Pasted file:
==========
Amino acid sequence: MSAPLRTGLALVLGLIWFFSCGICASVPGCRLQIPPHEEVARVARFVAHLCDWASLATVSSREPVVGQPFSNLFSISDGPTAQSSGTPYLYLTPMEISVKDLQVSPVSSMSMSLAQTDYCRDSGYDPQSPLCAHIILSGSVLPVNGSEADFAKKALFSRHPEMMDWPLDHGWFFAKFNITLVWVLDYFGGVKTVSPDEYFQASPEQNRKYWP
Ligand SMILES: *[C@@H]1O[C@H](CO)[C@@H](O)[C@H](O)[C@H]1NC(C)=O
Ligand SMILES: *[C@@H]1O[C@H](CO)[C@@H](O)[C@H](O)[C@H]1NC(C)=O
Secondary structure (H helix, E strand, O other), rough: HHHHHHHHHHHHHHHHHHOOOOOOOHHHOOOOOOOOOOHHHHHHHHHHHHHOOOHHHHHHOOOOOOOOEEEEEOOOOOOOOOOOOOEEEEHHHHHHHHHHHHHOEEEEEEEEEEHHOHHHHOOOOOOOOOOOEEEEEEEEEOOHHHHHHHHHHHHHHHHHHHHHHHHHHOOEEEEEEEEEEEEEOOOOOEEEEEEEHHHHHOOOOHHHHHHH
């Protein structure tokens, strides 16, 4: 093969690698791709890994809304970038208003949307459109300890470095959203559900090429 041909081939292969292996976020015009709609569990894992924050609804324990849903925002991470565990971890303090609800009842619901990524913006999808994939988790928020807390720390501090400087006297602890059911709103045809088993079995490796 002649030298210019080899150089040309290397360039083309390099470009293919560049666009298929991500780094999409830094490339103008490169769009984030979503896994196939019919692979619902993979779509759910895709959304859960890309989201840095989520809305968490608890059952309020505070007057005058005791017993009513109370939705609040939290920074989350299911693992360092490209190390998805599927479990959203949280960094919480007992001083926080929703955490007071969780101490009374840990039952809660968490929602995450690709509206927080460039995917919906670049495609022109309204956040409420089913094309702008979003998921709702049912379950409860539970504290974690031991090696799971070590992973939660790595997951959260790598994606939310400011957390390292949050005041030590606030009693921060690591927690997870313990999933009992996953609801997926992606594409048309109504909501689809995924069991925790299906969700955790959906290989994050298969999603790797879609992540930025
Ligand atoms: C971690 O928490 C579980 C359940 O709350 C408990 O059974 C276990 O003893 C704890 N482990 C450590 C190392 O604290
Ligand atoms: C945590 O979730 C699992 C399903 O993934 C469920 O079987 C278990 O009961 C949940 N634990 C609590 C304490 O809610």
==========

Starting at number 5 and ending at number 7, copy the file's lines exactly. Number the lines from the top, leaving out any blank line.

């Protein structure tokens, strides 16, 4: 093969690698791709890994809304970038208003949307459109300890470095959203559900090429 041909081939292969292996976020015009709609569990894992924050609804324990849903925002991470565990971890303090609800009842619901990524913006999808994939988790928020807390720390501090400087006297602890059911709103045809088993079995490796 002649030298210019080899150089040309290397360039083309390099470009293919560049666009298929991500780094999409830094490339103008490169769009984030979503896994196939019919692979619902993979779509759910895709959304859960890309989201840095989520809305968490608890059952309020505070007057005058005791017993009513109370939705609040939290920074989350299911693992360092490209190390998805599927479990959203949280960094919480007992001083926080929703955490007071969780101490009374840990039952809660968490929602995450690709509206927080460039995917919906670049495609022109309204956040409420089913094309702008979003998921709702049912379950409860539970504290974690031991090696799971070590992973939660790595997951959260790598994606939310400011957390390292949050005041030590606030009693921060690591927690997870313990999933009992996953609801997926992606594409048309109504909501689809995924069991925790299906969700955790959906290989994050298969999603790797879609992540930025
Ligand atoms: C971690 O928490 C579980 C359940 O709350 C408990 O059974 C276990 O003893 C704890 N482990 C450590 C190392 O604290
Ligand atoms: C945590 O979730 C699992 C399903 O993934 C469920 O079987 C278990 O009961 C949940 N634990 C609590 C304490 O809610």